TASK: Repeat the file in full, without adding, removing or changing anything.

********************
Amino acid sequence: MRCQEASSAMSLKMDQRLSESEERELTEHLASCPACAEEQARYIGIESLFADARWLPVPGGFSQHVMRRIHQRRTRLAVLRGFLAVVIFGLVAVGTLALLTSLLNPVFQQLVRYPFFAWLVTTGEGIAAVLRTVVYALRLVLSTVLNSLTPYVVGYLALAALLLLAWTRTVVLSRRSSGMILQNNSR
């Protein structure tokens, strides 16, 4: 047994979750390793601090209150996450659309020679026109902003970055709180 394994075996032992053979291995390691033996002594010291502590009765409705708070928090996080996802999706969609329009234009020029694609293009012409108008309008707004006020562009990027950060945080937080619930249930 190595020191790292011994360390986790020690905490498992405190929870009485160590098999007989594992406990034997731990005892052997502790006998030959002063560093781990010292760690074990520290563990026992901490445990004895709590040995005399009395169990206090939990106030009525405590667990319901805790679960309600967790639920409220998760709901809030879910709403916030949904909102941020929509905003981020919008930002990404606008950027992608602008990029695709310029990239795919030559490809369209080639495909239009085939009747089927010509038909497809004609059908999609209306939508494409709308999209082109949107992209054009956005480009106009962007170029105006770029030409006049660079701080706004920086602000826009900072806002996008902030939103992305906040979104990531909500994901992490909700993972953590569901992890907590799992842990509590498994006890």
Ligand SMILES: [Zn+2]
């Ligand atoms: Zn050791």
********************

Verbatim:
Amino acid sequence: MRCQEASSAMSLKMDQRLSESEERELTEHLASCPACAEEQARYIGIESLFADARWLPVPGGFSQHVMRRIHQRRTRLAVLRGFLAVVIFGLVAVGTLALLTSLLNPVFQQLVRYPFFAWLVTTGEGIAAVLRTVVYALRLVLSTVLNSLTPYVVGYLALAALLLLAWTRTVVLSRRSSGMILQNNSR
């Protein structure tokens, strides 16, 4: 047994979750390793601090209150996450659309020679026109902003970055709180 394994075996032992053979291995390691033996002594010291502590009765409705708070928090996080996802999706969609329009234009020029694609293009012409108008309008707004006020562009990027950060945080937080619930249930 190595020191790292011994360390986790020690905490498992405190929870009485160590098999007989594992406990034997731990005892052997502790006998030959002063560093781990010292760690074990520290563990026992901490445990004895709590040995005399009395169990206090939990106030009525405590667990319901805790679960309600967790639920409220998760709901809030879910709403916030949904909102941020929509905003981020919008930002990404606008950027992608602008990029695709310029990239795919030559490809369209080639495909239009085939009747089927010509038909497809004609059908999609209306939508494409709308999209082109949107992209054009956005480009106009962007170029105006770029030409006049660079701080706004920086602000826009900072806002996008902030939103992305906040979104990531909500994901992490909700993972953590569901992890907590799992842990509590498994006890």
Ligand SMILES: [Zn+2]
């Ligand atoms: Zn050791």